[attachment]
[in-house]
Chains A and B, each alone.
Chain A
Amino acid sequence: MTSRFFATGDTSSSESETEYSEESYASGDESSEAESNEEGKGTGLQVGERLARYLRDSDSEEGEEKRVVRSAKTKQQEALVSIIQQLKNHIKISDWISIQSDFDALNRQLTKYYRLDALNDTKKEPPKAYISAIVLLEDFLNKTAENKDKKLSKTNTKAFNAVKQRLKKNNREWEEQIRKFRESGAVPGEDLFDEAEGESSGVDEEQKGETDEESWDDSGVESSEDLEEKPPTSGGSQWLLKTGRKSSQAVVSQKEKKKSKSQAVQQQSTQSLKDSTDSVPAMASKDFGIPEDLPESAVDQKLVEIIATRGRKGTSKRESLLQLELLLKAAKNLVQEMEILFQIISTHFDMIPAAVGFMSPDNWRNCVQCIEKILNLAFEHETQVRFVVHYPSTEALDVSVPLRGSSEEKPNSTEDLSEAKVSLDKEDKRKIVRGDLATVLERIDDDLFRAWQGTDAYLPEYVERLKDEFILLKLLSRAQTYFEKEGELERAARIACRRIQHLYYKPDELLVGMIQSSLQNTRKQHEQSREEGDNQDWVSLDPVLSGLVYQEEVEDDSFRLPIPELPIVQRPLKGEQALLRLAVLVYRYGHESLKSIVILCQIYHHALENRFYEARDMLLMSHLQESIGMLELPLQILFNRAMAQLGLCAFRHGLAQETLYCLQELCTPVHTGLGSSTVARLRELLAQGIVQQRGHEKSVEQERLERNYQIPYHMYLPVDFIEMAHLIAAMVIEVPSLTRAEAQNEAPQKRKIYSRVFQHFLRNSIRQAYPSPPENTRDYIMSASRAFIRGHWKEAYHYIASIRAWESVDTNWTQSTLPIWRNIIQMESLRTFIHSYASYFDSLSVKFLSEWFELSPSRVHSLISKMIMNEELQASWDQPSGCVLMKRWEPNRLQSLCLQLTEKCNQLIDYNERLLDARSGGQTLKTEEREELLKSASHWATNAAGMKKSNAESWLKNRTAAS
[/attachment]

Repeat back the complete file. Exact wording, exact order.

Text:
[in-house]
Chains A and B, each alone.
Chain A
Amino acid sequence: MTSRFFATGDTSSSESETEYSEESYASGDESSEAESNEEGKGTGLQVGERLARYLRDSDSEEGEEKRVVRSAKTKQQEALVSIIQQLKNHIKISDWISIQSDFDALNRQLTKYYRLDALNDTKKEPPKAYISAIVLLEDFLNKTAENKDKKLSKTNTKAFNAVKQRLKKNNREWEEQIRKFRESGAVPGEDLFDEAEGESSGVDEEQKGETDEESWDDSGVESSEDLEEKPPTSGGSQWLLKTGRKSSQAVVSQKEKKKSKSQAVQQQSTQSLKDSTDSVPAMASKDFGIPEDLPESAVDQKLVEIIATRGRKGTSKRESLLQLELLLKAAKNLVQEMEILFQIISTHFDMIPAAVGFMSPDNWRNCVQCIEKILNLAFEHETQVRFVVHYPSTEALDVSVPLRGSSEEKPNSTEDLSEAKVSLDKEDKRKIVRGDLATVLERIDDDLFRAWQGTDAYLPEYVERLKDEFILLKLLSRAQTYFEKEGELERAARIACRRIQHLYYKPDELLVGMIQSSLQNTRKQHEQSREEGDNQDWVSLDPVLSGLVYQEEVEDDSFRLPIPELPIVQRPLKGEQALLRLAVLVYRYGHESLKSIVILCQIYHHALENRFYEARDMLLMSHLQESIGMLELPLQILFNRAMAQLGLCAFRHGLAQETLYCLQELCTPVHTGLGSSTVARLRELLAQGIVQQRGHEKSVEQERLERNYQIPYHMYLPVDFIEMAHLIAAMVIEVPSLTRAEAQNEAPQKRKIYSRVFQHFLRNSIRQAYPSPPENTRDYIMSASRAFIRGHWKEAYHYIASIRAWESVDTNWTQSTLPIWRNIIQMESLRTFIHSYASYFDSLSVKFLSEWFELSPSRVHSLISKMIMNEELQASWDQPSGCVLMKRWEPNRLQSLCLQLTEKCNQLIDYNERLLDARSGGQTLKTEEREELLKSASHWATNAAGMKKSNAESWLKNRTAAS